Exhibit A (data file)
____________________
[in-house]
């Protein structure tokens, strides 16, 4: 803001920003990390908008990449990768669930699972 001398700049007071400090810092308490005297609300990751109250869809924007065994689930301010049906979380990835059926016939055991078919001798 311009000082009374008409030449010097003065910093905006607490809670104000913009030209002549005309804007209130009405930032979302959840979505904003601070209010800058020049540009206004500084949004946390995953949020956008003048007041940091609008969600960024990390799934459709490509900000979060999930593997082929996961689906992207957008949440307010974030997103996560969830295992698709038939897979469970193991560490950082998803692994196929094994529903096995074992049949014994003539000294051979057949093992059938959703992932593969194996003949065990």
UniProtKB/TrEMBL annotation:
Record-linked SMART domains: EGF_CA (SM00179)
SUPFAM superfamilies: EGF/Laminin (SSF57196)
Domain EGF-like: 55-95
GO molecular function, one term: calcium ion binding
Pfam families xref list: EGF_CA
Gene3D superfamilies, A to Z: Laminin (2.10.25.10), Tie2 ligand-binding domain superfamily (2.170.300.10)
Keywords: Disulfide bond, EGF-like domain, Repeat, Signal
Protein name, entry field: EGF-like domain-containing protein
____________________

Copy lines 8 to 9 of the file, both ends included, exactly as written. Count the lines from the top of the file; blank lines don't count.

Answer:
Pfam families xref list: EGF_CA
Gene3D superfamilies, A to Z: Laminin (2.10.25.10), Tie2 ligand-binding domain superfamily (2.170.300.10)